North Garland High School Key Club and members from Loving Garland Green after plant installation—October 8, 2015
Stage Three: Plant Installation completed!
It took approximately 10 hours of work after school for the North Garland High School Key Club, with the assistance of Loving Garland Green members, to prepare the soil and install over 70 plants in five beds in front of their school.
These plants include a mixture of host and nectar plants to attract all pollinators—and especially butterflies. We were very fortunate to obtain all these plants. Had we paid full price for them, they would have cost approximately $800. As it turned out, these plants cost Loving Garland Green about 44 cents each. One of our local nurseries had a sale about a month ago on plants—all you can carry away in your truck for $50. (We did not plant all the plants we obtained at North Garland High School—some are now in the Garland Community Garden and others still waiting for a home.)
So Easy, a small child can do it! Friday Morning—the day after plant installation: Charles Bevilacqua (Loving Garland Green board member) and grandson Brett water the new transplants at the North Garland High School Butterfly habitat. These plants will be watered every day for the first two weeks as we are expecting 90-degree days. After that watering no more than once a week will be necessary until they go dormant.
Garden Constructed for Minimal Maintenance Effort
Any garden is an ongoing affair. One never really completes a garden after it has begun unless it is abandoned. A garden is a collection of many living organisms—billions if you count the microbes in its soil. Loving Garland Green will continue to construct all urban gardens that we build—whether butterfly habitats or vegetable gardens—in ways to minimize human labor and to conserve resources.
These initial five beds at North Garland High School were constructed following a design we call “modified hugelkultur.” We dug out the beds; put some large logs already in the process of decay down; covered the logs with organic matter; and then amended the original soil with Azomite, molasses, expanded shale and Perlite. This amended soil was placed back in the bed on top of the organic matter.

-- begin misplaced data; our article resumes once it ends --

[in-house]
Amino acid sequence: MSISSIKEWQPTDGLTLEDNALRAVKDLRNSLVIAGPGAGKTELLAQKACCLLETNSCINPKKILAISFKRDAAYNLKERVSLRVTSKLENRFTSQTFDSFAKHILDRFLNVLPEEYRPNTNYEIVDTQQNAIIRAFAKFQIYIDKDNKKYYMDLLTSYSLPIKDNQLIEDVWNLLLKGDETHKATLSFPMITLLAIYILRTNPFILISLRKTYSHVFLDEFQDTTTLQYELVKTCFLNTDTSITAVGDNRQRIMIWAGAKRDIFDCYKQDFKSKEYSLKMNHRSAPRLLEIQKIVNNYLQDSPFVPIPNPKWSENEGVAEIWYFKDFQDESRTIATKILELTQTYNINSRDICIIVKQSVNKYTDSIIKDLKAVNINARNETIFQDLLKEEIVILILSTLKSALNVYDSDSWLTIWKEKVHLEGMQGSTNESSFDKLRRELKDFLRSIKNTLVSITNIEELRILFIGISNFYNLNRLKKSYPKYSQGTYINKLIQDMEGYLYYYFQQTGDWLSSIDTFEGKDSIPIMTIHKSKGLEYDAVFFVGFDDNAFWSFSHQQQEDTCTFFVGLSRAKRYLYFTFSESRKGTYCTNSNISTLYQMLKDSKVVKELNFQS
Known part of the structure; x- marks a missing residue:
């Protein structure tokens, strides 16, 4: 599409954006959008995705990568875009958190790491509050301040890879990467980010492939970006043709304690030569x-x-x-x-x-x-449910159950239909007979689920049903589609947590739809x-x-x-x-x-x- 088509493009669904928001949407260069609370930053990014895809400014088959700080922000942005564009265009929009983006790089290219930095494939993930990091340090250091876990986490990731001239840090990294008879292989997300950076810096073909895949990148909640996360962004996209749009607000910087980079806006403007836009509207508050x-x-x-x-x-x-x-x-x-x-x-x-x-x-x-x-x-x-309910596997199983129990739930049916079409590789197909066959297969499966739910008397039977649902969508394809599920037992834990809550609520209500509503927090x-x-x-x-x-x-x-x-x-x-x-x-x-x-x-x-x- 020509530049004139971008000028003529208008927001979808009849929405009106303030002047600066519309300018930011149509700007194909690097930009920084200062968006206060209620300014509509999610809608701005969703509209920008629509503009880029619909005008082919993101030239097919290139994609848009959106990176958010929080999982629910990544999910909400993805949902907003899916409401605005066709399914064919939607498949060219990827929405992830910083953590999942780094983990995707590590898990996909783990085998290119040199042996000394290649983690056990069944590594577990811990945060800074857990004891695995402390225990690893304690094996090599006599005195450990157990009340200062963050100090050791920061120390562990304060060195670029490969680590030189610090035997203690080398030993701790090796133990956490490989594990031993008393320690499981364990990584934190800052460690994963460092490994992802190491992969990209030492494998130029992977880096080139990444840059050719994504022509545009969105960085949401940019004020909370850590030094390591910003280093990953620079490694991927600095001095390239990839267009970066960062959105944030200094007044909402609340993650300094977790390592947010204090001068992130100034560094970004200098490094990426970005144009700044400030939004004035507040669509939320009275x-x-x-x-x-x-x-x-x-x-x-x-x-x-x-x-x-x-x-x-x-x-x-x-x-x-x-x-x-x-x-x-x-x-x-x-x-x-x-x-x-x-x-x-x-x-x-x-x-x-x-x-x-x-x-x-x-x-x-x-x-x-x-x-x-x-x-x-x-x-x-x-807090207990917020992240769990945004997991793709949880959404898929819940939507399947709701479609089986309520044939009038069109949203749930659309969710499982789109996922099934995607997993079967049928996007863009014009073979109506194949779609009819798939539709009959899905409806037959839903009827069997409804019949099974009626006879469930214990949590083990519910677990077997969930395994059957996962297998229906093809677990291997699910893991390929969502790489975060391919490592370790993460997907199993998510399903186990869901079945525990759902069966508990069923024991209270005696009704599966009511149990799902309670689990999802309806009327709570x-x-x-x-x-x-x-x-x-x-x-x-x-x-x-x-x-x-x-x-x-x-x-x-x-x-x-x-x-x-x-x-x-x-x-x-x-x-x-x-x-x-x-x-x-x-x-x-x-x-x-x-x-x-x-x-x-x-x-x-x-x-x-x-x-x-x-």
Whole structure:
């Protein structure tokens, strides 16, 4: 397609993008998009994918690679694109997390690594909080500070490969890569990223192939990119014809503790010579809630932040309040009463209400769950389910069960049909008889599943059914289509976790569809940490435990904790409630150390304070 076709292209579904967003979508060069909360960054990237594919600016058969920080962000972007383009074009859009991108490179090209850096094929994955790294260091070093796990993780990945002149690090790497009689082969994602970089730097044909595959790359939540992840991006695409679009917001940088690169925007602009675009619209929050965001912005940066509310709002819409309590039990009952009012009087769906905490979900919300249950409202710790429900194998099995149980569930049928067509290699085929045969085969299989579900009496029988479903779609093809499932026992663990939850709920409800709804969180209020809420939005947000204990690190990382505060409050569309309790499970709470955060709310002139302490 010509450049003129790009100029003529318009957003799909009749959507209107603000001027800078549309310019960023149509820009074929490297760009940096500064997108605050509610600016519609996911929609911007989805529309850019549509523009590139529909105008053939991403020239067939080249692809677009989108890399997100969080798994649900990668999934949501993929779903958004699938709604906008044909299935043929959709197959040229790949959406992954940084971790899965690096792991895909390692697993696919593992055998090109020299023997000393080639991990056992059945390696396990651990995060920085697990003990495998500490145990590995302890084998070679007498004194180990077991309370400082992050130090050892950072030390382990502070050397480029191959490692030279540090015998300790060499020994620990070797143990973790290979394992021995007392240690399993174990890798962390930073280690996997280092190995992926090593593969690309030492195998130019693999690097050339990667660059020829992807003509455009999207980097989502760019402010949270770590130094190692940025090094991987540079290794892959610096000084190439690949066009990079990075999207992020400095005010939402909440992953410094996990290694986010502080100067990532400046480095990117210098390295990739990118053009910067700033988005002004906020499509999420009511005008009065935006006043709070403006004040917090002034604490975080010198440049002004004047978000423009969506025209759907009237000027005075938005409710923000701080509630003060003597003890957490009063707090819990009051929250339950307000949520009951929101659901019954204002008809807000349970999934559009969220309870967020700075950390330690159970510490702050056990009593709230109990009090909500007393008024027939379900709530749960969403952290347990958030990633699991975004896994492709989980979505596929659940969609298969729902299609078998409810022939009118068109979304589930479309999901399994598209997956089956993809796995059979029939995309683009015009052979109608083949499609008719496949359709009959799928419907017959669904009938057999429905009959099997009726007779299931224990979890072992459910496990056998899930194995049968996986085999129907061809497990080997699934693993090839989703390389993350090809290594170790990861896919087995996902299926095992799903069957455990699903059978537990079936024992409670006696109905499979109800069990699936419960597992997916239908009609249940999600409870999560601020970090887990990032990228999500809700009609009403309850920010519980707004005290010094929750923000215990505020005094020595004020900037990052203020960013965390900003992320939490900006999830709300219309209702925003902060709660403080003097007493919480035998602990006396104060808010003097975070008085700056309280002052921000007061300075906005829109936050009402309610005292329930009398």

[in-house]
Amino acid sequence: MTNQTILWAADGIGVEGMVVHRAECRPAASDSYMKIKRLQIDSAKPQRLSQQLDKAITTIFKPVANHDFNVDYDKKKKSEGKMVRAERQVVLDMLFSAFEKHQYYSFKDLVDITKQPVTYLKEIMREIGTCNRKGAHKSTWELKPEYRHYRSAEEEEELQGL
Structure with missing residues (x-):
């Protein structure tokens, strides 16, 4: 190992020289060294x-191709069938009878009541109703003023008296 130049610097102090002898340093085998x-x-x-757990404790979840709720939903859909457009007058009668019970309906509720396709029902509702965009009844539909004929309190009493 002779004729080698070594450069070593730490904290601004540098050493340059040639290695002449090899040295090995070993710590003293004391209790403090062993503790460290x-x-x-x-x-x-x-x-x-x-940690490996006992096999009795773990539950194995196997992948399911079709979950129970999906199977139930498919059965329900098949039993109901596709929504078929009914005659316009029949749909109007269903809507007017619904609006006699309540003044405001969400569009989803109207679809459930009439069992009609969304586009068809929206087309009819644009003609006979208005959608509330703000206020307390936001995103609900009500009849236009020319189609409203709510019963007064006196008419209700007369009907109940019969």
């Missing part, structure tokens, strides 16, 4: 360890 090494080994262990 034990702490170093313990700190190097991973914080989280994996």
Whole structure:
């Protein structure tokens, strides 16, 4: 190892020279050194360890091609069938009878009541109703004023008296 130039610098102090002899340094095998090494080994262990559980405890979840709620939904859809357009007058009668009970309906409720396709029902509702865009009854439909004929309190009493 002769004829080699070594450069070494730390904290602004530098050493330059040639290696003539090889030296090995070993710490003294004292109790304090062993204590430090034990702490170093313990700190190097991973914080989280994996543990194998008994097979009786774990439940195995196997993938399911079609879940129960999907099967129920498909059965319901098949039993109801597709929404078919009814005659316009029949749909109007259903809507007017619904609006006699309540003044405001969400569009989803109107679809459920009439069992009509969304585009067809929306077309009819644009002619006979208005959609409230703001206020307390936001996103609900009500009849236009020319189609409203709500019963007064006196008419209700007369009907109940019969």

We are also adding small wire compost baskets to each bed. These baskets will be fed vegetable scraps and watered. They are a form of in-bed composting. The decaying vegetables, like the decaying logs on the bottom will provide water and nutrients for the plants.
Also, to further minimize work, most of these plants are native perennials. Since we got these plants from a nursery and at such a good price, there are a few exotic varieties mixed among our Texas natives. A couple of these plants were $40 each. We’ll see how/if they survive. All of them are supposed to be suited for our Plant Zone 8.
Stage Four to Come: Milkweed Hugelkultur Build
For this project, which we hope to complete by the end of October, we would like to construct a proper hugelkultur bed. We will use logs already in stages of decay and will soak them in water prior placing them on top of the bed. By spring this bed may not need to be watered. Most report the hugelkultur does not need to be watered after the first year.
The hugelkultur will be about three feet high when completed.
We still need to work out the details regarding our sources for obtaining and delivering the necessary materials to the site:
- Rotting logs
- Brown organic matter (about four leaf bags full)
- Green organic matter (two leaf bags full)
- Cow, Chicken or Goat Manure (five 5-gallon buckets of it)
- Mulch that is almost compost (about ¼ cubic yard)
- Compost (about ¼ cubic yard)
- Garden soil (about 1/8 cubic yard)
- Texas native milkweed seeds and plants.
- Texas wildflower seeds
Our reasoning for constructing this bed is twofold: 1) We want to ensure that we have enough milkweed (host plant for the Monarch and those from 300 other species of butterflies called the “milkweed butterflies” who choose to visit our habitat and 2) We want to introduce our community to the possibilities of hugelkultur gardening in our area which is often under drought alert. The hugelkultur is particularly appropriate for urban gardens and small truck farms whereas it might be more problematic for large-scale farming.
Texans, in particular, need to take a leadership role in conserving and enhancing habitats for Monarchs because Monarchs travel across Texas in the fall when migrating to the Mexican highlands and then back again across Texas in the spring when they migrate north as far as Canada. We need to make sure they have a habitat that will assist them in completing their lifecycle process and thus in continuing their existence as an important species who support human life by pollinating many of our food sources.
Texas Parks and Wildlife has produced a statewide conservation plan for the monarchs that will help guide their efforts. Texan by Nature is bringing private landowners, businesses and faith based groups to plant Monarch habitat as part of their Monarch Wrangler initiative. (Texan by nature was founded by former First Lady Laura Bush. This organization promotes the mutual benefits of economics and conservation by building relationships between people who use natural resources and the people who know how to plan and implement realistic conservation practices.)